Doctors and patients need good scientific evidence to make informed decisions. But instead, companies run bad trials on their own drugs, which distort and exaggerate the benefits by design. When these trials produce unflattering results, the data is simply buried. All of this is perfectly legal. In fact, even government regulators withhold vitally important data from the people who need it most. Doctors and patient groups have stood by too, and failed to protect us. Instead, they take money and favours, in a world so fractured that medics and nurses are now educated by the drugs industry. Patients are harmed in huge numbers. So called alternative medicines are being attacked by the industry, what a surprise. Myself I've found other non industrial medications that have benefited my health fully. You can go on believing your Doctor if you wish. The Web is a fantastic mine of information, if you search, you'll find. If you are concerned about your health and of others buying this book will give you factual help and maybe food for questions. To view or order. Bad Pharma: How drug companies mislead doctors and harm patients I wish you a long life.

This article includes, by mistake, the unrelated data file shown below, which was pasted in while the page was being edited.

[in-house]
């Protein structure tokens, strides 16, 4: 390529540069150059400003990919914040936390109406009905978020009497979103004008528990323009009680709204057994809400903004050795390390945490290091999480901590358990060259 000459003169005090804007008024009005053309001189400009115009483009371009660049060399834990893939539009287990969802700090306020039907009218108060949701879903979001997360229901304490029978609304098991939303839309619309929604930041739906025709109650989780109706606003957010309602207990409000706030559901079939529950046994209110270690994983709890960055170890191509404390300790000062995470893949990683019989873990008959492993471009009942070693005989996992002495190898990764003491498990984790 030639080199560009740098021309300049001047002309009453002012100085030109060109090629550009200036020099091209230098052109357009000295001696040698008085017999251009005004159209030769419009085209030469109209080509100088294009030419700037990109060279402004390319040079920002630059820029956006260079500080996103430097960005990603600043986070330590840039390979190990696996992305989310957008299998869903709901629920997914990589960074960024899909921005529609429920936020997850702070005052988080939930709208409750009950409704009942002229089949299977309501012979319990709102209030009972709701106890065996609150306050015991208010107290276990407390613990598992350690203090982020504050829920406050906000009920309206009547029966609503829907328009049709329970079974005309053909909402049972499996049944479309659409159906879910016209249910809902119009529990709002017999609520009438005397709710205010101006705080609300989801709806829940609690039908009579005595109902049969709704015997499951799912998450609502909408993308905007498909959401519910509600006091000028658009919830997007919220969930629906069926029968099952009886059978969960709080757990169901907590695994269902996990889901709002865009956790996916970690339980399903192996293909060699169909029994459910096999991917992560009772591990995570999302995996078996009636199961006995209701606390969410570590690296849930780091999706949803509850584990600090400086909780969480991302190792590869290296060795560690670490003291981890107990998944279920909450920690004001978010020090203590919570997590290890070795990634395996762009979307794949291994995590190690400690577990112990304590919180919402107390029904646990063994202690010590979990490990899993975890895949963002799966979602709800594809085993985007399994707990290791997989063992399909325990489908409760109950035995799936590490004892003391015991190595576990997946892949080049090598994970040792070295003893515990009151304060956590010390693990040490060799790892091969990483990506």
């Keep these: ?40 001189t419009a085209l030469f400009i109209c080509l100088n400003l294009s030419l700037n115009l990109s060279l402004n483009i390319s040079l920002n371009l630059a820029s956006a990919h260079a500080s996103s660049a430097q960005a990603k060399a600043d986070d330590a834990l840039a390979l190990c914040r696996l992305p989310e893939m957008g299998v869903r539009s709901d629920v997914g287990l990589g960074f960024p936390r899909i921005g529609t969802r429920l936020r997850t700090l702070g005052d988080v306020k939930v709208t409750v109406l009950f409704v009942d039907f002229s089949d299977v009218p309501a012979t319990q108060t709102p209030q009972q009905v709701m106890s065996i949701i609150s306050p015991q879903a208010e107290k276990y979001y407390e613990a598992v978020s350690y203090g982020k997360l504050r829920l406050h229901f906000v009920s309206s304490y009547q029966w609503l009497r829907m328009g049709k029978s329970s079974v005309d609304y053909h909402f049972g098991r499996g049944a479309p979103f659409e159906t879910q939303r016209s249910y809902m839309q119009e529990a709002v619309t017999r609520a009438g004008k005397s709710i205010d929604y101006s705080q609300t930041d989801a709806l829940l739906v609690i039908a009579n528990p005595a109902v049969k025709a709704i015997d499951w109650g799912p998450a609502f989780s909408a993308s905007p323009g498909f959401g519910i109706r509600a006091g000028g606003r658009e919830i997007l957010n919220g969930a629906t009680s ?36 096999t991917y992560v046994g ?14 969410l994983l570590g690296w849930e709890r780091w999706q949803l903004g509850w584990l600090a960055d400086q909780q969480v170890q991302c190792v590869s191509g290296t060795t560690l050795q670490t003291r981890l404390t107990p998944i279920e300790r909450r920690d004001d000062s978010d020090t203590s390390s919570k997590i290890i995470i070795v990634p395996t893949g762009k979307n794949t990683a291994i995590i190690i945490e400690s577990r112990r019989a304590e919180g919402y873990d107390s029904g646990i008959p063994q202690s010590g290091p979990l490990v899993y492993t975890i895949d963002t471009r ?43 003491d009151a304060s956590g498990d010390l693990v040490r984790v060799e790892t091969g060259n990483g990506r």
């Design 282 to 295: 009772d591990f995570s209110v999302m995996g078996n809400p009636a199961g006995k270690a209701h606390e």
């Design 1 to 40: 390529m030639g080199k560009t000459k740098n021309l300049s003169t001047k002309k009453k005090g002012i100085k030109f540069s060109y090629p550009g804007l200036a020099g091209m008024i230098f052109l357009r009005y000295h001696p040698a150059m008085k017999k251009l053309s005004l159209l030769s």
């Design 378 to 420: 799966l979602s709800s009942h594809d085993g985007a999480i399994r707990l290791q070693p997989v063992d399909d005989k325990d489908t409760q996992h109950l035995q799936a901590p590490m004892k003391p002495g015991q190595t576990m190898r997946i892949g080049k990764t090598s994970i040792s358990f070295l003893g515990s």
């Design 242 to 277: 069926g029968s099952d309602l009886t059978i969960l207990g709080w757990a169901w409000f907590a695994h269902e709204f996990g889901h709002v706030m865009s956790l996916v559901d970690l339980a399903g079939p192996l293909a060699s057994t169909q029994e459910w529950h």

Balhalvie Farm North Fife

Balhelvie Farm North Fife, producers of fabulous Beef and Lamb.
Balhelvie fields, North Fife the grain harvested and the straw waiting to be gathered after being baled.

Friday, September 21, 2012

River Tay Ballinbreich 21st September

We are experiencing a weak ridge of high pressure 1005mb, so frost this morning and the day gave way to patchy sunshine, warmish when bathed by it. Humidity is 70% which doesn't bode well for the remaining grain and oilseed rape. As a measure, today the solar panels generated 15.257 Kwh of energy. Not brilliant but not bad either.